When Manila manufactured its own Elizabeth Taylor

By Tony Joaquin

The Philippines in the 1950s exuded arts and culture. Perhaps, it was because the country had just begun to slowly recover from a horrible world war barely five years before. In Manila there were stage presentations galore in schools as well as by private drama groups such as the Barangay Theatre Guild organized by Lamberto and Daisy Avellana, the Manila Theatre Guild composed of amateur expatriates working and living in the city. Broadway musicals popular at the time were presented in Manila theatres.

Having been in theatre since 11 years old during the Japanese Occupation performing at the Metropolitan Theatre under the direction of Narciso Pimentel, Jr., founder of Dramatic Philippines, I was able to move around that circle of artists, musicians and writers.

During the same period, Philippine movies were strongly influenced by Hollywood and the newly found beauties in Rita Hayworth, Lana Turner and Ava Gardner. With this pack came an excitingly new British actress who debuted in Hollywood via the 1944 movie “National Velvet.” Her name: Elizabeth Taylor.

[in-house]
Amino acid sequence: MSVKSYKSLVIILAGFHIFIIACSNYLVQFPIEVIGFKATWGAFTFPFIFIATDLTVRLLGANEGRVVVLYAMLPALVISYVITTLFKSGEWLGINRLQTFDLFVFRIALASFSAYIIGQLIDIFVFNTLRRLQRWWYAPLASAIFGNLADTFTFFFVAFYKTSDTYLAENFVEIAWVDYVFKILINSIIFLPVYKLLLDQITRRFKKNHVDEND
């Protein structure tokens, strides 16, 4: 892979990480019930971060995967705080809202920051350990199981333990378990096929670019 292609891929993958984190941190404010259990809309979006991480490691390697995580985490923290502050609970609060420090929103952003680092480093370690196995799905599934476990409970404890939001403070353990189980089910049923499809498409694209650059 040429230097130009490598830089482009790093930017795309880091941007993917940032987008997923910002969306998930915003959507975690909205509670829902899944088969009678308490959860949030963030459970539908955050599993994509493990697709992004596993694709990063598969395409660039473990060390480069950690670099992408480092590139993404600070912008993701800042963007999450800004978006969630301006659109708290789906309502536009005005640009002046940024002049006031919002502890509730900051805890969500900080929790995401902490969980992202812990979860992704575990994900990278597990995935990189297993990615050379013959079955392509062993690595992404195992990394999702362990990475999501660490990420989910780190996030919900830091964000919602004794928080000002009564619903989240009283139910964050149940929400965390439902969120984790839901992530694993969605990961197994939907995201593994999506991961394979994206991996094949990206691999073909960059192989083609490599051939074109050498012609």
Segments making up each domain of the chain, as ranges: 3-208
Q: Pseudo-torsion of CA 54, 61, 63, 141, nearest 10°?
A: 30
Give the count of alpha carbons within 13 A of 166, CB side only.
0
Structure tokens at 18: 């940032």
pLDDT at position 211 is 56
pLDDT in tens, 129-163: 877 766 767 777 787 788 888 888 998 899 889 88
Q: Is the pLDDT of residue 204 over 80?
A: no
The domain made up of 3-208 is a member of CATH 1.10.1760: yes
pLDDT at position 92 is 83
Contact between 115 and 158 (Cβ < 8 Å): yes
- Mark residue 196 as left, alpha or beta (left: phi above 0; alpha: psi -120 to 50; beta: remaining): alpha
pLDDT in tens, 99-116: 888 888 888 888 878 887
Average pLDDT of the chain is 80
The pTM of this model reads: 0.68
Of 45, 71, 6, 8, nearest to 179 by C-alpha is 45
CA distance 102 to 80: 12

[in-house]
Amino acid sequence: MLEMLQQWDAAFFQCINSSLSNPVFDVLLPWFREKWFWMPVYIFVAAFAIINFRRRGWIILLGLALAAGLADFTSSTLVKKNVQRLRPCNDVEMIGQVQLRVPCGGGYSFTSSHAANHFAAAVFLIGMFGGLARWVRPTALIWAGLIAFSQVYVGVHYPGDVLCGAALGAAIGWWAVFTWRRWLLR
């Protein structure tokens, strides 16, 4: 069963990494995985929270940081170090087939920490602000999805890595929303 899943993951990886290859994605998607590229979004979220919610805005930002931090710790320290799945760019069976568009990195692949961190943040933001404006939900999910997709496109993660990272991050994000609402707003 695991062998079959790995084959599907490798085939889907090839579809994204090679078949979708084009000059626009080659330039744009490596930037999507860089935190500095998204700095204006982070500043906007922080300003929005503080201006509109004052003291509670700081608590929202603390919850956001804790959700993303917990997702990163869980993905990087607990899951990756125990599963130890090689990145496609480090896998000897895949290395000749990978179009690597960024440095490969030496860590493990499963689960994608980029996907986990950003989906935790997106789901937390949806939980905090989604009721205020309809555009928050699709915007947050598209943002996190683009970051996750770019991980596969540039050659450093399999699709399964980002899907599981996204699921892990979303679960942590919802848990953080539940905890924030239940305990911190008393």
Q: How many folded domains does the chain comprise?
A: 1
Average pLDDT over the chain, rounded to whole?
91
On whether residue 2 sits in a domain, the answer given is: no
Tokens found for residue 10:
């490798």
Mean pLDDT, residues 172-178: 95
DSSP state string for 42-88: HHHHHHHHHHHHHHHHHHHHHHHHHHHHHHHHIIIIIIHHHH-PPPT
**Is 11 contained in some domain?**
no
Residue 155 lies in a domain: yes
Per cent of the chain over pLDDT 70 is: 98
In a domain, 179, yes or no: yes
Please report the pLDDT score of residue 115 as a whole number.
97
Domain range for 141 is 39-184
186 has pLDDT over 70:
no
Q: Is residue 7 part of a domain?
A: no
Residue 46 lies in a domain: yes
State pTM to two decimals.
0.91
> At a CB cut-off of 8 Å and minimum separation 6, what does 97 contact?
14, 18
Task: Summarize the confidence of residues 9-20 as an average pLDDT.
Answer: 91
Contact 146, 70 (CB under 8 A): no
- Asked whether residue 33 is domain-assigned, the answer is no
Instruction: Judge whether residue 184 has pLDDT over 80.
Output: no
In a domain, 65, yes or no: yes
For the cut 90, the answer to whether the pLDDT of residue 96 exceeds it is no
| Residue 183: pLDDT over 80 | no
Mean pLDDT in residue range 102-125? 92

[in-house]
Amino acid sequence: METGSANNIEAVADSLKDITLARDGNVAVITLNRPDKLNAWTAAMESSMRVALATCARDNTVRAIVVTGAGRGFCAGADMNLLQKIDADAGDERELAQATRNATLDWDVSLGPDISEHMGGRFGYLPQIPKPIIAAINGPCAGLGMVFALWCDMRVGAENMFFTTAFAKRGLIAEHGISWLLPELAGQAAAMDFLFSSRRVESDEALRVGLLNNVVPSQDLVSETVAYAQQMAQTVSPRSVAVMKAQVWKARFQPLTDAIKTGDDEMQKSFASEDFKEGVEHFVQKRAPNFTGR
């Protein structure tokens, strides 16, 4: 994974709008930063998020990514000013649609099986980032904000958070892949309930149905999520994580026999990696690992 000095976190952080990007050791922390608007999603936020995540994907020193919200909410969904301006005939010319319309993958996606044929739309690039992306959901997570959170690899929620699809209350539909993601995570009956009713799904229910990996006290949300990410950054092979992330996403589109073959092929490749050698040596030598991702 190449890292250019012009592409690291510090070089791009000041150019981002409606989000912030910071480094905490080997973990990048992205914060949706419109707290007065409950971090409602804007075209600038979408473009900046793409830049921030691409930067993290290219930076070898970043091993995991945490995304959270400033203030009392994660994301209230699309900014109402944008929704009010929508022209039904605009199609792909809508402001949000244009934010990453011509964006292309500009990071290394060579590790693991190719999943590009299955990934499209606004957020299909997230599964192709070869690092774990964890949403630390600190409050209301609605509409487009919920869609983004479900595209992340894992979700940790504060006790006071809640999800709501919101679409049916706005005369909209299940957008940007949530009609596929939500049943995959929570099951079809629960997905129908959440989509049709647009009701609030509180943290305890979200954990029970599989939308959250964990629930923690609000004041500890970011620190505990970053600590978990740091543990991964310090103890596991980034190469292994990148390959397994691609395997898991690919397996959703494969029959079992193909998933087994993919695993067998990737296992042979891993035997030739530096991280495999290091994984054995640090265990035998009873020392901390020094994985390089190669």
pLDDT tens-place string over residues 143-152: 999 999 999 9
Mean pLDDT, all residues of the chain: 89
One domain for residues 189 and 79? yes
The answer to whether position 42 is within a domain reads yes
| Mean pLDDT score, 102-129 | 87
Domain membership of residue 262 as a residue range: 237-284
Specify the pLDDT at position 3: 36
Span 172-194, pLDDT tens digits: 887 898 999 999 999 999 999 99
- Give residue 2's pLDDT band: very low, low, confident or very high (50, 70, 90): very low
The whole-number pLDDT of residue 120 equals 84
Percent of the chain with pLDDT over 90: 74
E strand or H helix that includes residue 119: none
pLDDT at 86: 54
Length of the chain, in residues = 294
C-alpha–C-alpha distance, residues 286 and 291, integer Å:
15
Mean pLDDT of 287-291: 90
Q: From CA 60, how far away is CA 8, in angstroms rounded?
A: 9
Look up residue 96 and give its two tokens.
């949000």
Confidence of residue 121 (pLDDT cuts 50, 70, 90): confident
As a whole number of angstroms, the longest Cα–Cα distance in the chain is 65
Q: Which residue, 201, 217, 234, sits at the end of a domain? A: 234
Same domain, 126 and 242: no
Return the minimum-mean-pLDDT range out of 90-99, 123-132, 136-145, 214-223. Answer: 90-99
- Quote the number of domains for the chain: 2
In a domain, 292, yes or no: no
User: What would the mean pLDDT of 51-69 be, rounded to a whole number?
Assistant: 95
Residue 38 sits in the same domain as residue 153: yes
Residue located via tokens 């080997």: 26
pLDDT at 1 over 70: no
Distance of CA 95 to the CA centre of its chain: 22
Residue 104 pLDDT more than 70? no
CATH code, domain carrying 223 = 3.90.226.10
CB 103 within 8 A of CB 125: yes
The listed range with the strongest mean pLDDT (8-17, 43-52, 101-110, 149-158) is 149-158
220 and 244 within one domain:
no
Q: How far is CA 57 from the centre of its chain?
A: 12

In the movie, she played Velvet Brown, a 12-year-old equestrian of a girl determined to enter her horse, Pie, in the Grand National Steeplechase. In the supporting role was another talented child actor Mickey Rooney who played the role of a former jockey who helps Velvet train Pie for the big race. At the last minute, Velvet herself has no choice but to ride Pie in the tournament but she had to cut her hair in order to pass as a male jockey.

The movie played on the positive qualities that this young actress brought from London. Her distinctive quality was her striking beauty especially the rare violet color of her eyes!

At the time, a penchant among Filipino movie moguls was having a Filipino copycat of any American male or female actress breaking a box-office record. Thus, we came up with our own Elizabeth Taylor, who had garnered meaty roles as an accomplished actress in movies like “Butterfield 8,” “Who’s Afraid of Virginia Woolf,” and her crowning piece de resistance, “Cleopatra.”

Amalia Fuentes emoting a dramatic scene.

Our very own Elizabeth Taylor was Amalia Muhlach Fuentes, a woman with strong European features and dark smoldering eyes. Sampaguita Pictures top boss Doc Perez asserted that Amalia had a striking resemblance to Elizabeth Taylor, but Amalia admitted quite frankly that she never really liked the comparison, much less the manufactured title.

By this token, the Philippine movie world had Barbara Perez as the Audrey Hepburn of the Philippines, a young actor who played a thug in movies Berting Labra as the Mickey Rooney of the Philippines, Tessie Agana as the Shirley Temple of the Philippines, and so on. In the field of crooners we had Bert Nievera as the Johnny Mathis of the Philippines, and Diomedes Maturan as Perry Como of the Philippines.